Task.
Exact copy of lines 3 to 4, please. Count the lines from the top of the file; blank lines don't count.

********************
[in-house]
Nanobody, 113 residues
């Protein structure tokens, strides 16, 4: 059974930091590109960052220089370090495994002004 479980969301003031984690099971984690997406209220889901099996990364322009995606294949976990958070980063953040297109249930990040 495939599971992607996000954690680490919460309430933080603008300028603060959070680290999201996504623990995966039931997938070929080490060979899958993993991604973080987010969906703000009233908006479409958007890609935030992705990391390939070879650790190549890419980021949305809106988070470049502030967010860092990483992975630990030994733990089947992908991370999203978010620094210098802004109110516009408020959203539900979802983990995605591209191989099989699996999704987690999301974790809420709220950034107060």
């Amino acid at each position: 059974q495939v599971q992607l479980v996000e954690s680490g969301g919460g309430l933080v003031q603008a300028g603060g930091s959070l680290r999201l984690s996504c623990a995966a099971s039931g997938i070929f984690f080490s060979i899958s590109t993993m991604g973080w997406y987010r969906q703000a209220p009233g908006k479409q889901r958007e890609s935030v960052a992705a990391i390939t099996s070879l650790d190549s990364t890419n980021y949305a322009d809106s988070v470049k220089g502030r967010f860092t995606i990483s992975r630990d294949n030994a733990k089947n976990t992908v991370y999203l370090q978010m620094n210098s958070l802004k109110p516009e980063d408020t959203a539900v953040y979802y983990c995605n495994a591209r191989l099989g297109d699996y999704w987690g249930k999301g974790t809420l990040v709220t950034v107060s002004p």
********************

């Protein structure tokens, strides 16, 4: 059974930091590109960052220089370090495994002004 479980969301003031984690099971984690997406209220889901099996990364322009995606294949976990958070980063953040297109249930990040 495939599971992607996000954690680490919460309430933080603008300028603060959070680290999201996504623990995966039931997938070929080490060979899958993993991604973080987010969906703000009233908006479409958007890609935030992705990391390939070879650790190549890419980021949305809106988070470049502030967010860092990483992975630990030994733990089947992908991370999203978010620094210098802004109110516009408020959203539900979802983990995605591209191989099989699996999704987690999301974790809420709220950034107060």
């Amino acid at each position: 059974q495939v599971q992607l479980v996000e954690s680490g969301g919460g309430l933080v003031q603008a300028g603060g930091s959070l680290r999201l984690s996504c623990a995966a099971s039931g997938i070929f984690f080490s060979i899958s590109t993993m991604g973080w997406y987010r969906q703000a209220p009233g908006k479409q889901r958007e890609s935030v960052a992705a990391i390939t099996s070879l650790d190549s990364t890419n980021y949305a322009d809106s988070v470049k220089g502030r967010f860092t995606i990483s992975r630990d294949n030994a733990k089947n976990t992908v991370y999203l370090q978010m620094n210098s958070l802004k109110p516009e980063d408020t959203a539900v953040y979802y983990c995605n495994a591209r191989l099989g297109d699996y999704w987690g249930k999301g974790t809420l990040v709220t950034v107060s002004p």